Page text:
Asked about the cost of reforms, Davy said the state already spends the most of any state and should not need more money, just a better reallocation of existing funds.
Business representatives said they just need students who can perform modern jobs.
Dennis Bone, president of Verizon, said students need the foundation of skills to be able to adapt to new and changing technology.
"We are being revolutionized by technology," he said. "Billboards now are electronic, run by someone sitting at a computer, not climbing a ladder."
"So what does algebra II have to do with that?" Education Committee Chairman Joseph Cryan, D-Union, asked.
Dana Egresky, of the New Jersey Chamber of Commerce, said that if taking algebra II can help a carpenter solve more problems on the job, then that is the carpenter who would get the job.
Assemblyman Joseph Malone, R-Ocean, Monmouth, Burlington, suggested asking professionals ranging from carpenters to doctors how they actually use algebra skills.
"We need to do a better job at finding out what people actually need to know, not what we think they should know," he said.
Here was my comment:
I thoroughly agree with Prof. Rosenstein that not all students will need the skills/concepts of a more advanced algebra class. While I admire Commissioner Davy's desire to significantly raise the bar for NJ students there are some underlying issues that must be addressed first. How many of you believe that the majority of NJ students have demonstrated proficiency in the foundational arithmetic and prealgebra skills needed to be successful in a legitimate Algebra 1 course, never mind Algebra 2? As a retired math supervisor, believe me, that question was rhetorical!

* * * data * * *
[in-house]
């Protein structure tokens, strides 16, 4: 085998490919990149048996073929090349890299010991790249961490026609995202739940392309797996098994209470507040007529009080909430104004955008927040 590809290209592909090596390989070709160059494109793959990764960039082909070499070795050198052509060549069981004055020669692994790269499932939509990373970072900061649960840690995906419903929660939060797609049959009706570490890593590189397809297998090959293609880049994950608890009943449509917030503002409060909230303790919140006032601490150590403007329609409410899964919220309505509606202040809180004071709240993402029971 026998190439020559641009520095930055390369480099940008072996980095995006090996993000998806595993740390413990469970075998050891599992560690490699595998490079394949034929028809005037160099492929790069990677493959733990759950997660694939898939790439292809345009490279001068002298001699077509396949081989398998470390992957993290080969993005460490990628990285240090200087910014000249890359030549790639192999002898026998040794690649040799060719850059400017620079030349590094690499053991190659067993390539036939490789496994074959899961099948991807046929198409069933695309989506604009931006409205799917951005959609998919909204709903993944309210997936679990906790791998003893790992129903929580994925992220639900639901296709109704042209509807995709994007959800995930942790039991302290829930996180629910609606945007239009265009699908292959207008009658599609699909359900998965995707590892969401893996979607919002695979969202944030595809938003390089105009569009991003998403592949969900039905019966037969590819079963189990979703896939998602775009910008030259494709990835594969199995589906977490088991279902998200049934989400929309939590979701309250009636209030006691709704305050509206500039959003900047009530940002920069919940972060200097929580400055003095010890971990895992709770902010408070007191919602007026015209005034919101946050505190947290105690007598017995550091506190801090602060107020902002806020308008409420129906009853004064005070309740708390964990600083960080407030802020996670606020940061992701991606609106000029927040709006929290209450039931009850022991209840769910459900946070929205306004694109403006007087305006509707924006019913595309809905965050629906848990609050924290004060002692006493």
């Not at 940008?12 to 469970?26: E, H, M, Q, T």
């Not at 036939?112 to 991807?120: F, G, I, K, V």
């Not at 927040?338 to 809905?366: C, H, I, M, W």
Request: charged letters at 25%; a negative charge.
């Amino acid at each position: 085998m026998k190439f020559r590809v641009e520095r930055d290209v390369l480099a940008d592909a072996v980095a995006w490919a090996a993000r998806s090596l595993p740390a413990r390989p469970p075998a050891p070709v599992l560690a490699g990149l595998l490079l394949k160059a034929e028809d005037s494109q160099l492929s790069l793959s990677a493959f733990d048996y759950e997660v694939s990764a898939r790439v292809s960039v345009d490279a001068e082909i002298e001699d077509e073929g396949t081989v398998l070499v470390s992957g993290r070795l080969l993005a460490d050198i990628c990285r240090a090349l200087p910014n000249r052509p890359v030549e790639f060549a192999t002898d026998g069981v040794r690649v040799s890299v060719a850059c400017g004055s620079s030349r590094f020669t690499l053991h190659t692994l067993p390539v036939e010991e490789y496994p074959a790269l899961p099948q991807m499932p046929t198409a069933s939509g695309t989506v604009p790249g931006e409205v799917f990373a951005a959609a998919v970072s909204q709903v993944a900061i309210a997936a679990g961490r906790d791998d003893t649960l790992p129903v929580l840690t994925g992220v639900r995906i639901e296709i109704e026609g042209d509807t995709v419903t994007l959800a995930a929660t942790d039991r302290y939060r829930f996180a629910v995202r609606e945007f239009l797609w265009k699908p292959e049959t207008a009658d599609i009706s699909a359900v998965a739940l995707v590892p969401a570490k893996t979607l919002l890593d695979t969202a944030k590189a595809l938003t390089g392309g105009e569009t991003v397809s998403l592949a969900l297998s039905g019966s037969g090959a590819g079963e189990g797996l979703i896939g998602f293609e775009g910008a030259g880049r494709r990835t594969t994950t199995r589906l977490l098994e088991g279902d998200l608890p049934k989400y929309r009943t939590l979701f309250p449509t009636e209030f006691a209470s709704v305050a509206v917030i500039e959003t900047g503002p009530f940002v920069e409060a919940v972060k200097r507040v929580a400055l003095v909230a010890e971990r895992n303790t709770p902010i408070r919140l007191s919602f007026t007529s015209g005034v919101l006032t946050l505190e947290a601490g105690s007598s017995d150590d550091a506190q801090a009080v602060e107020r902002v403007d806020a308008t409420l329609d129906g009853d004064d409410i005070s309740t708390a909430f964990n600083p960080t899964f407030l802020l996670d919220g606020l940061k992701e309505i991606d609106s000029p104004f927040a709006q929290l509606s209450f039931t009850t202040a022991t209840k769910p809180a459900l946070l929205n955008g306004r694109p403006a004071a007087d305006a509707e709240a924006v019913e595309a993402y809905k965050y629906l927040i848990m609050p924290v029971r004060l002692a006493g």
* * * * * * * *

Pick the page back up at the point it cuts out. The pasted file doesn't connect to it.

However, we must clearly distinguish between the issue of a graduation requirement for all and the need for consistent, clearly stated and rigorous standards for a 2nd year Algebra course. Despite opinions to the contrary, I believe the latter is necessary for most college-intending students. The American Diploma Project (NJ is a member of this consortium) has developed precisely those kinds of world-class standards and the result is the new End of Course Test in Algebra 2. This test, which many NJ students have already taken, requires a deeper conceptual understanding of topics such as mathematical modeling which separates the Algebra 2 of the 21st century from the Algebra 2 course many of us remember. And, yes, there are still some mechanical skills which students need to master away from the calculator!
I strongly advocate that NJ adopt these higher standards for those students who will go on to take more advanced math courses. Clearly, it isn't for everyone and therefore we should reexamine it as a grad requirement for all.
I felt it was important to make a clear distinction between Algebra 2 as a high school graduation requirement and the need for a high-quality curriculum which should be uniform for all students who need to take the course. Many commenter ranted about the evils of testing, the "who really needs algebra anyway" argument, allowing politicians to make educational decisions they know little about (imagine acknowledging that it should be left to math education professionals!) , the skills needed for the 21st century, etc. Fascinating stuff...
Is this same discussion happening in your district or state? Your thoughts are important to me. Do you take strong exception to my comments? Do you agree with the NJ Commissioner of Education or has she gone too far? What do you say to the many adults who argue that, in their occupation, they haven't ever used any of the 'stuff 'they learned in Algebra 2?